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Tame the chaos: Tips for organizing your pantry & closet

Marquette Reddam

After spending 17 years proudly representing the public school districts of Texas, Marquette retired from the practice of law in 2016 to give her left...

After spending 17 years proudly representing the public school districts of Texas, Marquette retired from the practice of law in 2016 to give her left...

Jan 12 8 minutes read

The holidays are over, the kids are finally back to school, and our house looks like a glitter bomb exploded leaving random sparkles and bits of paper and ribbon everywhere.  Lots of travel and special events have left my closet a mess, and hosting guests meant we accumulated a lot of kitchen pantry items that added to the clutter.  Chaos clearly had its way during the holidays... 

Today I rolled up my sleeves and got to work taming the chaos.   Here are four practical tips for tackling your kitchen pantry and personal closet organization.  If you are thinking of selling your Austin home, these pantry and closet suggestions will be paramount as you prepare your home to go on the market.


We have a small closet-like pantry, and it can easily get over-stuffed as everyone in the family just piles things inside, closes the door, and hopes for the best.  As you can imagine, it makes it hard to find what we need when we need it. 

As a starting point, I like to take everything out of the pantry so that I have a clean space to work with.  Starting with empty shelves also helps me break my habits and figure out a better way to group things.  For example, I drink hot tea every morning, so why is it on the top shelf where I have to get a stool to reach it? 

As you empty the space, sort through each pantry item and get rid of anything you don't need or haven't used in the last year. This could be expired food or spices, half-eaten boxes of snacks, or anything else that's just taking up space.  That special salsa someone gave you as a gift last year, but you never opened?  Time to toss it or donate it to a local food bank.  And remember to recycle containers when you can!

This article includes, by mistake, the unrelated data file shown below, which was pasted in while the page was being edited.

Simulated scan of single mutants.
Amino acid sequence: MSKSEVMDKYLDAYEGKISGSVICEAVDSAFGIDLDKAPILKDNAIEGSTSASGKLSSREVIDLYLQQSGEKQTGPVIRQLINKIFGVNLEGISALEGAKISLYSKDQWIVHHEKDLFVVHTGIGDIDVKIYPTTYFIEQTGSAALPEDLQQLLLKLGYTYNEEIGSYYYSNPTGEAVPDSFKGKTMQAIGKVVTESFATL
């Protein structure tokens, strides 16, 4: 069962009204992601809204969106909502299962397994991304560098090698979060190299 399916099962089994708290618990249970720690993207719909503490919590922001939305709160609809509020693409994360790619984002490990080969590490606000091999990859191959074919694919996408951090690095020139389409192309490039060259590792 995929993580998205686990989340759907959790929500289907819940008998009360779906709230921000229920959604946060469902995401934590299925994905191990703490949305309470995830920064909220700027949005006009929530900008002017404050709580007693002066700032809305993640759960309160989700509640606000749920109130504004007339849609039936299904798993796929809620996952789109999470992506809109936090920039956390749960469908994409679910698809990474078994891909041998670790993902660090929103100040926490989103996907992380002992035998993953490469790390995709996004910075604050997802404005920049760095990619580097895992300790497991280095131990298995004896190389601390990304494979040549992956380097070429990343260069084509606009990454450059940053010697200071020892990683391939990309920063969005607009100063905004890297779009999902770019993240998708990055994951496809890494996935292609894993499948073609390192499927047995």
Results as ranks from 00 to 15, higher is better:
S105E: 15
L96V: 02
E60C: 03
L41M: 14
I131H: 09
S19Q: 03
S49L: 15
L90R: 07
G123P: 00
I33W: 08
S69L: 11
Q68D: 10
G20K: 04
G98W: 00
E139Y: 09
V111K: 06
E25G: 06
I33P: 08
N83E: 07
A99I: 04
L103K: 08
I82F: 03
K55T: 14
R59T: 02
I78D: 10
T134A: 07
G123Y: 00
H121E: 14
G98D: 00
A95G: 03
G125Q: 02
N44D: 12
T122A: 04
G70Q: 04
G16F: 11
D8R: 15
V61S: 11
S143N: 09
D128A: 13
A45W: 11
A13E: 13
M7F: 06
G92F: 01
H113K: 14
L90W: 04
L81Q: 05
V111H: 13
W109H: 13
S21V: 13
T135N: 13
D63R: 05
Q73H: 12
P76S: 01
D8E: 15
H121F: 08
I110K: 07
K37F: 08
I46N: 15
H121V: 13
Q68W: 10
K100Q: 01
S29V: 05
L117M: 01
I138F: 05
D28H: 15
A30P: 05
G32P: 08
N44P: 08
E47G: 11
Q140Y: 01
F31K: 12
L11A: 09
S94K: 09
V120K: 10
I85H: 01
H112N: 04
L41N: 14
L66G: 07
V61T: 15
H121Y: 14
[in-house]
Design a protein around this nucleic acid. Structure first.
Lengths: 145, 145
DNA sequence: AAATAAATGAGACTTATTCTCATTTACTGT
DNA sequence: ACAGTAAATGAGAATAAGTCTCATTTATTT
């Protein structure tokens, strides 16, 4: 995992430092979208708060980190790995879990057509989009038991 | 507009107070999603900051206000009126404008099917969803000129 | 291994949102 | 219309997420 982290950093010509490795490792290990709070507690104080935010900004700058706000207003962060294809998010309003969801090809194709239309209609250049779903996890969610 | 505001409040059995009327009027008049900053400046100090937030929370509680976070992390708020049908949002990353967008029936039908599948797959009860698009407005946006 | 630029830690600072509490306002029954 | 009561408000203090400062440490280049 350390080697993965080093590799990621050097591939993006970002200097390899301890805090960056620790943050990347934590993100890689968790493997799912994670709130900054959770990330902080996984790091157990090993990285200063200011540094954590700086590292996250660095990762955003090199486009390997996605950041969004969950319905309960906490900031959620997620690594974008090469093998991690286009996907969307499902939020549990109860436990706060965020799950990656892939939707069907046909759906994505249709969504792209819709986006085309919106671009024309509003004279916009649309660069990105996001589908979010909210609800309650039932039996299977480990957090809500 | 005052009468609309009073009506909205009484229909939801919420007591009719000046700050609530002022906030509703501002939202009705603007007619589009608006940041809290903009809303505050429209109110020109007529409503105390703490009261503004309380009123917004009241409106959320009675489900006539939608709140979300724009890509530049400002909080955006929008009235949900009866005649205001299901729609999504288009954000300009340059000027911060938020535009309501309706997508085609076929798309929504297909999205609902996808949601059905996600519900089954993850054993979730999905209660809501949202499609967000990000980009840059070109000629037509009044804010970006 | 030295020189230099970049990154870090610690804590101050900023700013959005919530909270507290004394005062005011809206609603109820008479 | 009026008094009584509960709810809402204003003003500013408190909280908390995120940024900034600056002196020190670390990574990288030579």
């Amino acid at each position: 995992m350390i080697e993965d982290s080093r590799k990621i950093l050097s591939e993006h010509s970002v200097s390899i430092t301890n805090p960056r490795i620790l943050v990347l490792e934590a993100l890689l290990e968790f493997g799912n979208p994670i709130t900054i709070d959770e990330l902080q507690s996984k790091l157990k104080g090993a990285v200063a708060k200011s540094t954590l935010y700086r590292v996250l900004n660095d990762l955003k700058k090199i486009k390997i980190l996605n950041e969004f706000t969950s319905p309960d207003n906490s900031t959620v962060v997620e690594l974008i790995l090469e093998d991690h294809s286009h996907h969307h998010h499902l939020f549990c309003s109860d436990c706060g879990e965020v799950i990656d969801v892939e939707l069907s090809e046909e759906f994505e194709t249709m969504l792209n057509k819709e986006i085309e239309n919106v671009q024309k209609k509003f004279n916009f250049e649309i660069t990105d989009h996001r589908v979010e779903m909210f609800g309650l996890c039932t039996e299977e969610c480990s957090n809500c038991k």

The same idea applies to your closet.  Go through each piece of clothing.  Clothes with stains, items that no longer fit, or outfits that you haven't worn in ages can be recycled or donated.  See how much free rod space you end up with after getting rid of clothes you haven’t worn in a year.  You will revel in being able to easily slide your remaining clothes on the rod, and putting clothes away won’t seem like such a chore.


Once you've purged any unnecessary pantry items, it's time to start organizing the things you're keeping. There are lots of organization approaches, but I like to organize items by category. For example, in the pantry I put all the baking supplies together, all the pastas in one section, all the school snacks in one bin, all the canned goods together, and so on. This makes it easy to find what you need as you’re cooking and also makes it easy to see when you're running low on a particular item.

Once you have an idea of your general organization categories, you can group similar items together in storage bins or containers.  During the pandemic I took the leap and started decanting shelf-stable items into rectangular glass canisters, and I also started using clear acrylic bins to coral things.  This way, you can easily see what's inside and quickly find what you're looking for.  I was dubious at first (why take something out of one container just to put it in another?), but now I love having everything in similarly-sized stackable containers that let me maximize the vertical space on my limited shelves and allow me to see how close I am to running out of something.